I'm attempting to do some image analysis using OpenCV in python, but I think the images themselves are going to be quite tricky, and I've never done anything like this before so I want to sound out my logic and maybe get some ideas/practical code to achieve what I want to do, before I invest a lot of time going down the wrong path.
This thread comes pretty close to what I want to achieve, and in my opinion, uses an image that should be even harder to analyse than mine. I'd be interested in the size of those coloured blobs though, rather than their distance from the top left. I've also been following this code, though I'm not especially interested in a reference object (the dimensions in pixels alone would be enough for now and can be converted afterwards).
Here's the input image:
What you're looking at are ice crystals, and I want to find the average size of each. The boundaries of each are reasonably well defined, so conceptually this is my approach, and would like to hear any suggestions or comments if this is the wrong way to go:
- Image in RGB is imported and converted to 8bit gray (32 would be better based on my testing in ImageJ, but I haven't figured out how to do that in OpenCV yet).
- The edges are optionally Gaussian blurred to remove noise
- A Canny edge detector picks up the lines
- Morphological transforms (erosion + dilation) are done to attempt to close the boundaries a bit further.
At this point it seems like I have a choice to make. I could either binarise the image, and measure blobs above a threshold (i.e. max value pixels if the blobs are white), or continue with the edge detection by closing and filling contours more fully. Contours seems complicated though looking at that tutorial, and though I can get the code to run on my images, it doesn't detect the crystals properly (unsurprisingly). I'm also not sure if I should morph transform before binarizing too?
Assuming I can get all that to work, I'm thinking a reasonable measure would be the longest axis of the minimum enclosing box or ellipse.
I haven't quite ironed out all the thresholds yet, and consequently some of the crystals are missed, but since they're being averaged, this isn't presenting a massive problem at the moment.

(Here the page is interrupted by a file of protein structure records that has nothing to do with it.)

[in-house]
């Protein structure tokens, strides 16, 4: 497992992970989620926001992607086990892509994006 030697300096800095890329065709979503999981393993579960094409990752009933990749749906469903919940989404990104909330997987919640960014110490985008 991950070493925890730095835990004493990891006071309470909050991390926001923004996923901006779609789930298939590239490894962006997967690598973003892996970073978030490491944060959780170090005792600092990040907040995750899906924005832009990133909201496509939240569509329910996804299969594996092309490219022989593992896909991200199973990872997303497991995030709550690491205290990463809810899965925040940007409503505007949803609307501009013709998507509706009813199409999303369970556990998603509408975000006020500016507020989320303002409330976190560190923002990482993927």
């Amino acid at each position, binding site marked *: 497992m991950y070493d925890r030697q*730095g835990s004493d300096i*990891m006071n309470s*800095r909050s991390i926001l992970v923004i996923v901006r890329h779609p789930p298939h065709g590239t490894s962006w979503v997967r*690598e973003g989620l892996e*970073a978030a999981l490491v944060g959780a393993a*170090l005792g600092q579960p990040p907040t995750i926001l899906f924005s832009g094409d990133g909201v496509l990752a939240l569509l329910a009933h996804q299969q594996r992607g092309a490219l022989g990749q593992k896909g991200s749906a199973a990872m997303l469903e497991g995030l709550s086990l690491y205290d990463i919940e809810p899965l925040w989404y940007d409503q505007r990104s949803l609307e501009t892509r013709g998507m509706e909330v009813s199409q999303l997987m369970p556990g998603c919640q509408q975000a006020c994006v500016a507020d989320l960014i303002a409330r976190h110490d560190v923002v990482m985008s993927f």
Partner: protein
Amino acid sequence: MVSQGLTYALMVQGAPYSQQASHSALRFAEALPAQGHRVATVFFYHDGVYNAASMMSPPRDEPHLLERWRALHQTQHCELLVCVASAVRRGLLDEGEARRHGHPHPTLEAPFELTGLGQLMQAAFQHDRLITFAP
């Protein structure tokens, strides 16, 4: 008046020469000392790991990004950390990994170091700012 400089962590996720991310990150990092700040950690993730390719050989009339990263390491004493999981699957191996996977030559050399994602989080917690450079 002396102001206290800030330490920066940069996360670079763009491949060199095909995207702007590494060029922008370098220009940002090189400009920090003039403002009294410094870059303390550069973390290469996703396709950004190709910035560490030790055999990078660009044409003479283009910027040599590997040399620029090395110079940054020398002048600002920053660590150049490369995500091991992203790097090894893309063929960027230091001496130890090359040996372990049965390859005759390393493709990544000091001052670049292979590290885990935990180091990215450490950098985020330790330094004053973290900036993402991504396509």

The script stores the processed images as it goes along, so I'd also like the final output image similar to the 'labelled blobs' image in the linked SO thread, but with each blob annotated with its dimensions maybe.
Here's what an (incomplete) idealised output would look like, each crystal is identified, annotated and measured (pretty sure I can tackle the measurement when I get that far).
Abridged the images and previous code attempts as they are making the thread overly long and are no longer that relevant.
As per the comments, the watershed algorithm looks to be very close to achieving what I'm after. The problem here though is that it's very difficult to assign the marker regions that the algorithm requires (http://docs.opencv.org/3.2.0/d3/db4/tutorial_py_watershed.html).
I don't think this is something that can be solved with thresholds through the binarization process, as the apparent colour of the grains varies by much more than the toy example in that thread.
Here are a couple of the other test images I've played with. It fares much better than I expected with the smaller crystals, and theres obviously a lot of finessing that could be done with the thresholds that I havent tried yet.
Here's 1, top left to bottom right correspond to the images output in Alex's steps below.
And here's a second one with bigger crystals.
You'll notice these tend to be more homogeneous in colour, but with harder to discern edges. Something I found a little suprising is that the edge floodfilling is a little overzealous with some of the images, I would have thought this would be particularly the case for the image with the very tiny crystals, but actually it appears to have more of an effect on the larger ones. There is probably a lot of room to improve the quality of the input images from our actual microscopy, but the more 'slack' the programming can take from the system, the easier our lives will be!